>> We are looking into a Plutonium chip which we expect to self power a SOC and external memory.
You may need to use any description as most may be turned off by knowing Plutonium is inside your product. What if there is fire and the thing explodes? Are they safe?. Think of the reason we have MRI as a name to hide what makes people uncomfortable.
>> If the hypothesis is that semiconductor innovation requires VC investment in semiconductor manufacturing, I disagree.
I am not sure anyone is talking about fab. We are discussing fabless strategy where innovation in circuits and systems rule and dominate. If you check very well, we are not attracting a lot of dollars in the design innovation phase. No one is talking of the production innovation - that is not a VC kind of game.
Also, if Intel's "first product" was in 1969 and the Apollo mission were from 1961 to 1975, then that begs for many questions your assertion, like, which Apollo mission do you refer to below? And how many device did those rocket use? Enough to sustain Intel's quick early growth? That's not likely, even at the out-of-control prices that govt. pays. That leaves direct funding then. NASA directly funded Intel's develpment of the products listed above? How much? Were there any other significant investors or would Intel have failed to launch (pun intended) without NASA's (ah.. I mean our father's) money?
There are few of these types of shows that I regret not being able to attend. This one looks like a glaring exception to that rule. I would love to have been there to hear these movers and shakers speak.
Every development has a cycle. Computer gets faster and faster everyday. A regular user probably don't feel a different between a 3 years old laptop and today's laptop. However, more products and information are moved to the Internet. Those require software engineers to develop. In addition, today's web-based application isn't so easy anymore. A software engineer can hardly go by with knowing only 3 languages. Today belongs to software engineer. Yet, for example, when there is a breakthrough of semiconductor such as using different material than silicon, hardware engineer will thrive again.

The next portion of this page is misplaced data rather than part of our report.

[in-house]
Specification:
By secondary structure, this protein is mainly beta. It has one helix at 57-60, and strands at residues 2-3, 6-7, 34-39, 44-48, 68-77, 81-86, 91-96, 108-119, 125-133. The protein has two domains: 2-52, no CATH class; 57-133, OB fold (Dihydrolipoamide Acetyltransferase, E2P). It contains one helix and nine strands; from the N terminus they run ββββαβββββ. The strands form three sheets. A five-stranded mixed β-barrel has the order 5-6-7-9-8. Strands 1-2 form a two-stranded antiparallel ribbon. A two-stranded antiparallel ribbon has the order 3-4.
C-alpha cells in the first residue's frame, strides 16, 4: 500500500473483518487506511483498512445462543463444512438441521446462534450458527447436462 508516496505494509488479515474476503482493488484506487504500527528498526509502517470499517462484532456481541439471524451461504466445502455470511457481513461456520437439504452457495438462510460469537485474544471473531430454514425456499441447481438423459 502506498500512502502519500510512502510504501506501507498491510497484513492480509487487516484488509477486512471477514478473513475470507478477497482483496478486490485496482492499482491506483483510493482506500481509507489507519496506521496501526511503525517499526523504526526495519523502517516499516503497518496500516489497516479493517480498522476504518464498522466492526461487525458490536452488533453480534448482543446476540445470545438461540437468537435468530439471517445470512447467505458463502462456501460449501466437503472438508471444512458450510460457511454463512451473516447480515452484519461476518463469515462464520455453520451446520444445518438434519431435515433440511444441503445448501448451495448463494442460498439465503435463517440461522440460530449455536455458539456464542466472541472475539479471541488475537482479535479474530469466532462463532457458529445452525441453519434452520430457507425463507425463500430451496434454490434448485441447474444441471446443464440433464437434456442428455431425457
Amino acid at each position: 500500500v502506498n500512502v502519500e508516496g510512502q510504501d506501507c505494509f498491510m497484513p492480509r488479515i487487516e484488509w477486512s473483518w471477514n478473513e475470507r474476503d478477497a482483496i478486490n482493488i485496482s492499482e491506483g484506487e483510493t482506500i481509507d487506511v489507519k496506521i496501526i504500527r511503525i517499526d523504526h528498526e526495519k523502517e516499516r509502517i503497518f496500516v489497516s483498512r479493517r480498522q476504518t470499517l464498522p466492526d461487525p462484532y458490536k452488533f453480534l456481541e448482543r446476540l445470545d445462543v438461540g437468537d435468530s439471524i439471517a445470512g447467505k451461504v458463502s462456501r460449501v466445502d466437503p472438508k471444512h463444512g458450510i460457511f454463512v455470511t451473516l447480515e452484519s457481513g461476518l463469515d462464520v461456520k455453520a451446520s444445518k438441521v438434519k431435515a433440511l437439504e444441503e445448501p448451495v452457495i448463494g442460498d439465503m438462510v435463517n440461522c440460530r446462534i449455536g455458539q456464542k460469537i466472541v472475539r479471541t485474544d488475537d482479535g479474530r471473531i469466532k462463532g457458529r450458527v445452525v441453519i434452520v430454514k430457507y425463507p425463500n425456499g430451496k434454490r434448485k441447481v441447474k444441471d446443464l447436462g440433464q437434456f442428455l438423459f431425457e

What are the engineering and design challenges in creating successful IoT devices? These devices are usually small, resource-constrained electronics designed to sense, collect, send, and/or interpret data. Some of the devices need to be smart enough to act upon data in real time, 24/7. Are the design challenges the same as with embedded systems, but with a little developer- and IT-skills added in? What do engineers need to know? Rick Merritt talks with two experts about the tools and best options for designing IoT devices in 2016. Specifically the guests will discuss sensors, security, and lessons from IoT deployments.